A number of restaurants are in a pinch recently. Here’s what happened to them.
A few years ago, the COVID-19 pandemic began. In the initial months of the pandemic, many governments, including ours, locked down the populace. People who were shut in couldn’t spend money like they usually could, and businesses of all stripes suffered.
Because of the national impact of the pandemic, various relief programs were enacted by the federal government and helped ease the pain of individuals and businesses throughout the state.
Four federal programs in 2020, for example, did much to alleviate the suffering caused by the national economic catastrophe: the Paycheck Protection Program (PPP), the Economic Injury Disaster Loan (EIDL) program, Federal Pandemic Unemployment Compensation (FPUC), and Pandemic Unemployment Assistance (PUA).
Some of these programs offered grants, or loans that were forgiven later, which normally result in income to the recipient of those benefits.
At the end of 2020, the Department of Taxation published Tax Information Release 2020-06 (“TIR 2020-06”) in which the department concluded that despite a lack of any statutory exemption, our General Excise Tax (GET) would not be imposed on these federal benefits “in light of the severity of the economic impact of the COVID-19 pandemic.”
In 2021, the federal government granted further relief to affected individuals and businesses, and in the American Rescue Plan Act it provided two more significant programs for affected businesses: the Restaurant Revitalization Fund (RRF) program, and the Shuttered Venu Operators Grant (SVOG) program.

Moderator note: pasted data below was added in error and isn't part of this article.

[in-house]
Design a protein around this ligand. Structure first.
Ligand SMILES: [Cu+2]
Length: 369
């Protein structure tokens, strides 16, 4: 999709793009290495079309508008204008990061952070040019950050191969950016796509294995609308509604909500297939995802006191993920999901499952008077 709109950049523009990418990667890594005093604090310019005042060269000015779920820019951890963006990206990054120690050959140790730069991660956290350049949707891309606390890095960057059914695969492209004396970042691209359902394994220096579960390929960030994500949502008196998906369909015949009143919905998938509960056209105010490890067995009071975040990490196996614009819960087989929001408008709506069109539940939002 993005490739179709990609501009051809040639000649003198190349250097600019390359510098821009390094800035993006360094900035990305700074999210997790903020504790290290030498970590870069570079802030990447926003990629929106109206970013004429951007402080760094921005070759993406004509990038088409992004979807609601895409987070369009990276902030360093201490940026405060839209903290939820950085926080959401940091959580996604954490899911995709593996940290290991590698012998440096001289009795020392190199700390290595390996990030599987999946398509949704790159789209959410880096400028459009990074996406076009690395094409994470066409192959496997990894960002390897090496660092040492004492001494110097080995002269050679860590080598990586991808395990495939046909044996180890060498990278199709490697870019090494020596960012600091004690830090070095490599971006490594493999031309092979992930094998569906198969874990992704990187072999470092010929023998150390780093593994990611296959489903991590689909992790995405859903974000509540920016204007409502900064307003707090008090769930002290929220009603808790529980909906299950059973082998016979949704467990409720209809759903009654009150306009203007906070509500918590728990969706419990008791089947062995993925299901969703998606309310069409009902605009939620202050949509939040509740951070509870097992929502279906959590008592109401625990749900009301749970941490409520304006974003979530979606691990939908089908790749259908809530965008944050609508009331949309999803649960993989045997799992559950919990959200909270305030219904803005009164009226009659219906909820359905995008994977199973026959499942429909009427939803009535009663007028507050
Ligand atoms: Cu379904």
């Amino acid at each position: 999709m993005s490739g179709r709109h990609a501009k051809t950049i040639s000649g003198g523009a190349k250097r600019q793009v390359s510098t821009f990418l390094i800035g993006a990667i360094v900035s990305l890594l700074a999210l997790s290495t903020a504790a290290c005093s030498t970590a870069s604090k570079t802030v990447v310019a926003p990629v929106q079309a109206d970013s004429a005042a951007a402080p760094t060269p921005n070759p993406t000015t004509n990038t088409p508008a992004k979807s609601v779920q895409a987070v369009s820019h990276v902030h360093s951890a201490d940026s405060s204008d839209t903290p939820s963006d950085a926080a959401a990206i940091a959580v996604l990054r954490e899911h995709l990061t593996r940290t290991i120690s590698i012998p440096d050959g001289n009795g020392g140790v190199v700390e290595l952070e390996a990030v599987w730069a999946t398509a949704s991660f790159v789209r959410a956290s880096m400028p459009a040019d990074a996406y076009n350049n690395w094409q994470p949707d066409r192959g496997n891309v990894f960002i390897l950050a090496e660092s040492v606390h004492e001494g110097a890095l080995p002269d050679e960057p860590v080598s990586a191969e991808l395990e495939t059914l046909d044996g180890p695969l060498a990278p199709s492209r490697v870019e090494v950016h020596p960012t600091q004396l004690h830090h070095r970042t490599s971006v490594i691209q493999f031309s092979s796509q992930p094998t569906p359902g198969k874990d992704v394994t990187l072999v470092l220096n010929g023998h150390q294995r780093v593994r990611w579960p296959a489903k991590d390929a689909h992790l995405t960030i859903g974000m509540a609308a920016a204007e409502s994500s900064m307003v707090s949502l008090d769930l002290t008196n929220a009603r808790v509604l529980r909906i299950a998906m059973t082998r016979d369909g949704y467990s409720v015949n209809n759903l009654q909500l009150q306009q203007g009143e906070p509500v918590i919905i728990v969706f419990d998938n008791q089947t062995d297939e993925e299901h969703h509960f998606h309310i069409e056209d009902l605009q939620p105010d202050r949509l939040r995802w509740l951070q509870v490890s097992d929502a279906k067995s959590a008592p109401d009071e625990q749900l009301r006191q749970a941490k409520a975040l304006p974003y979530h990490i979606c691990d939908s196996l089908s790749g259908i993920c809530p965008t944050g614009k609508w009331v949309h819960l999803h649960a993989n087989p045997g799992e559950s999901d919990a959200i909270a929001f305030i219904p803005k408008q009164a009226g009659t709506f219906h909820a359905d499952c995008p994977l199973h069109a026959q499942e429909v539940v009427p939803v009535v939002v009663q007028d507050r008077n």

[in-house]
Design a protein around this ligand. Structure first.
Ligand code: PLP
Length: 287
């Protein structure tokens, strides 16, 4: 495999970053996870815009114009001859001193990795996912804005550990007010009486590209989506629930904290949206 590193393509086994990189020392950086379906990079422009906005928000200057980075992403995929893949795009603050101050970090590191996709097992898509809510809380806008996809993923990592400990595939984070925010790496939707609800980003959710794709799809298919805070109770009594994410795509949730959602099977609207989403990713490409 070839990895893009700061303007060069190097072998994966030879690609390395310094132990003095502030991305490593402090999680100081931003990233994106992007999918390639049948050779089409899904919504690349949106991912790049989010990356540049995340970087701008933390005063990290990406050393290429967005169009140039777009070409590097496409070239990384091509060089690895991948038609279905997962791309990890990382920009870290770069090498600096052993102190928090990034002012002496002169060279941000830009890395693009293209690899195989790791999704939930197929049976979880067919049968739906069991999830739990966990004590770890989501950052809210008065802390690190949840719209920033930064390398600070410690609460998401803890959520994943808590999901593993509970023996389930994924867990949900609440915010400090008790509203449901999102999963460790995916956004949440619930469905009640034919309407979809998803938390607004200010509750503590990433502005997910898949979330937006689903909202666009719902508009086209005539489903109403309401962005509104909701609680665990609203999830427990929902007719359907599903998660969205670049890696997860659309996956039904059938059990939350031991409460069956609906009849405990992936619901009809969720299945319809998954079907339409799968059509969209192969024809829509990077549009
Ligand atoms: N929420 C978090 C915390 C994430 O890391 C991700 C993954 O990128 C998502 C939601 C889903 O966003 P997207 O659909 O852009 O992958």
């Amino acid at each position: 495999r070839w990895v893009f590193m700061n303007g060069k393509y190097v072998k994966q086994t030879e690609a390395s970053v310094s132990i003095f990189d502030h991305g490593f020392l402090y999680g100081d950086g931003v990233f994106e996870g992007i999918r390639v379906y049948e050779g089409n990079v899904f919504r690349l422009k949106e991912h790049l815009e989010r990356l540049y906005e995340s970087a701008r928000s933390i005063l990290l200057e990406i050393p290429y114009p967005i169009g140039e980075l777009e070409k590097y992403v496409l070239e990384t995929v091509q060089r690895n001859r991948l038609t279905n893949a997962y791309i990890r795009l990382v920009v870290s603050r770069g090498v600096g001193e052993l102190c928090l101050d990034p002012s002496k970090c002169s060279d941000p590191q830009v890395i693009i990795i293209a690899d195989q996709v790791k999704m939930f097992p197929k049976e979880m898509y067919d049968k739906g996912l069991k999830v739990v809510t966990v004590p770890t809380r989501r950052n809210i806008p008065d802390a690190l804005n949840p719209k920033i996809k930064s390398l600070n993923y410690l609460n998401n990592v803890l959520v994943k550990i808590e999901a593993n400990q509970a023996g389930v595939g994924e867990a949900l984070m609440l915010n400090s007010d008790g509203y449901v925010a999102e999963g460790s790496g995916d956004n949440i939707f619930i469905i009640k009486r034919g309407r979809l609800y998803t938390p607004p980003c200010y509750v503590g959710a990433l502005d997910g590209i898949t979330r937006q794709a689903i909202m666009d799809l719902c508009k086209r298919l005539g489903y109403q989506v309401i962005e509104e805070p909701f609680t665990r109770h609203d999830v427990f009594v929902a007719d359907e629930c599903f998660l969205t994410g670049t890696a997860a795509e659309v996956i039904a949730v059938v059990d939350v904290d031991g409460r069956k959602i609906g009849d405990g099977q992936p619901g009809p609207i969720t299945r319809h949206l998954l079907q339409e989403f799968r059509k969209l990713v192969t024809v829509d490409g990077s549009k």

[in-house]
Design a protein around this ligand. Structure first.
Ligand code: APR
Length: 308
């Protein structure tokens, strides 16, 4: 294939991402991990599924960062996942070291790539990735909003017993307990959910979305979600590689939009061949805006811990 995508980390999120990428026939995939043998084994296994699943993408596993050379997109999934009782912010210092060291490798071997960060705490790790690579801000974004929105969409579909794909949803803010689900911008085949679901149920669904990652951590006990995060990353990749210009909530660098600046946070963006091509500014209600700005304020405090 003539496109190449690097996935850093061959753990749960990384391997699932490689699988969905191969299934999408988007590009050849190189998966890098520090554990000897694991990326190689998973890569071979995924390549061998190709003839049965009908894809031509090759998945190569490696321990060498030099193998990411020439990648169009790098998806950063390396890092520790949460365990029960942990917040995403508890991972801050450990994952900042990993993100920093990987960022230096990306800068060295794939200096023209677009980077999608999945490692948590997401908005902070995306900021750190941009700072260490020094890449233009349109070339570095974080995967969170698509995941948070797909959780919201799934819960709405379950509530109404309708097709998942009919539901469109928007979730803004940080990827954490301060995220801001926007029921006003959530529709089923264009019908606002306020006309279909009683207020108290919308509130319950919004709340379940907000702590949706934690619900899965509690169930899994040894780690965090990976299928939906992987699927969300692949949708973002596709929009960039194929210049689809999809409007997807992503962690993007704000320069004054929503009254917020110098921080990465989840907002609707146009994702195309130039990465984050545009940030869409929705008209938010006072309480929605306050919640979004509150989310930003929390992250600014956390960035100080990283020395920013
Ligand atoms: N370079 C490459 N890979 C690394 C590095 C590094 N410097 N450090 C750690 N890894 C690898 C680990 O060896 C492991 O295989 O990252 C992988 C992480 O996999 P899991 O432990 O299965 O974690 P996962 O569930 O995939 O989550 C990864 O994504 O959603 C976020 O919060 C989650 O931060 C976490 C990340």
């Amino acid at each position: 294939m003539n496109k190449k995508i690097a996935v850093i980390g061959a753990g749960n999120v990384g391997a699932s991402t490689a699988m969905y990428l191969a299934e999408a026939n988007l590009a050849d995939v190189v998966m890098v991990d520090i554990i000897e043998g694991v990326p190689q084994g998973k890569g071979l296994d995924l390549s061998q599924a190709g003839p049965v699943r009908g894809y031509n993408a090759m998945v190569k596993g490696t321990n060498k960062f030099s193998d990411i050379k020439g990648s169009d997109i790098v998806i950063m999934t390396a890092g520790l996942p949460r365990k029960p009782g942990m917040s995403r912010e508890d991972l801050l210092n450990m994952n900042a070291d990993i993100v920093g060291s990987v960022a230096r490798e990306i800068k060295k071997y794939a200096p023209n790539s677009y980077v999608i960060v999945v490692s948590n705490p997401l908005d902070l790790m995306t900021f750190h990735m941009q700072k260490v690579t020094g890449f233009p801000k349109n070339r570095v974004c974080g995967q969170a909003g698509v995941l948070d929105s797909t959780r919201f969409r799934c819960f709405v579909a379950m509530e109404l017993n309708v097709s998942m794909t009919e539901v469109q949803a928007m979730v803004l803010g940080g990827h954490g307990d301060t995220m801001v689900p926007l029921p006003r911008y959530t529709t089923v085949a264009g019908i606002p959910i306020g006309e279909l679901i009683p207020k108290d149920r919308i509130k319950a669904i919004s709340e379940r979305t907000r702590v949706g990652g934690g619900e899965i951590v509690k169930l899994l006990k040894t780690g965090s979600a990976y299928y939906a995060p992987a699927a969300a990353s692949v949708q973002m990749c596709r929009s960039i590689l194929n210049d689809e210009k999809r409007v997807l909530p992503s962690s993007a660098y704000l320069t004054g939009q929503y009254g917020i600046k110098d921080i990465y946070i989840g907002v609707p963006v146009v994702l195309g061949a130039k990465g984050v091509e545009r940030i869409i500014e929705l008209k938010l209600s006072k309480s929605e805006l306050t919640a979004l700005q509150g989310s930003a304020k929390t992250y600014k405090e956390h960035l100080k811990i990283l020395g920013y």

The RRF program was structured as a reimbursement program in that although it provided a funding amount to affected restaurants on the basis of their historic sales, the government specified certain categories of expenses on which the monies were to be spent, and informed the restaurants that unspent monies, or monies not spent on the proper expenses, needed to be returned to the federal government.
In May 2022, we published an article calling on the department to make up its mind about these programs. However, no guidance came out in 2022.
In 2023, however, as KITV reported, the department started targeting restaurants and similar businesses that had received benefits under RRF. The department said those benefits were taxable and demanded back GET taxes from the businesses although the restaurants already had spent the money (which they were required to do under the federal program).
Some of these restaurants already had received benefits under PPP, which, under TIR 2020-06, were not subject to GET.
When KITV asked the department to explain why, they said “PPP loans were not considered income, as they were used to pay employees or rent. But the RRF was considered replacement income and so would count toward a business’ bottom line.”
For affected businesses, it is an unwanted big tax bill right in the middle of the businesses’ attempts to get back on their feet after being clobbered by the pandemic.
And the department’s position does not seem to be well founded.
The explanation it gave for the difference in GET treatment between PPP and RRF money does not seem to be true. And even if it were, the Department itself expressed a rationale for exempting the proceeds — that the pandemic caused severe economic effects so federal programs giving relief from those effects should not be GET taxable — that seems to apply to RRF just as it does to PPP.
To be consistent, uniform and fair, as its own mission statement demands, RRF should get the same treatment as PPP. And if the department itself doesn’t recognize this, perhaps lawmakers could take steps to correct the injustice.
Tom Yamachika is president of the Tax Foundation of Hawai‘i.
Source: The Garden Island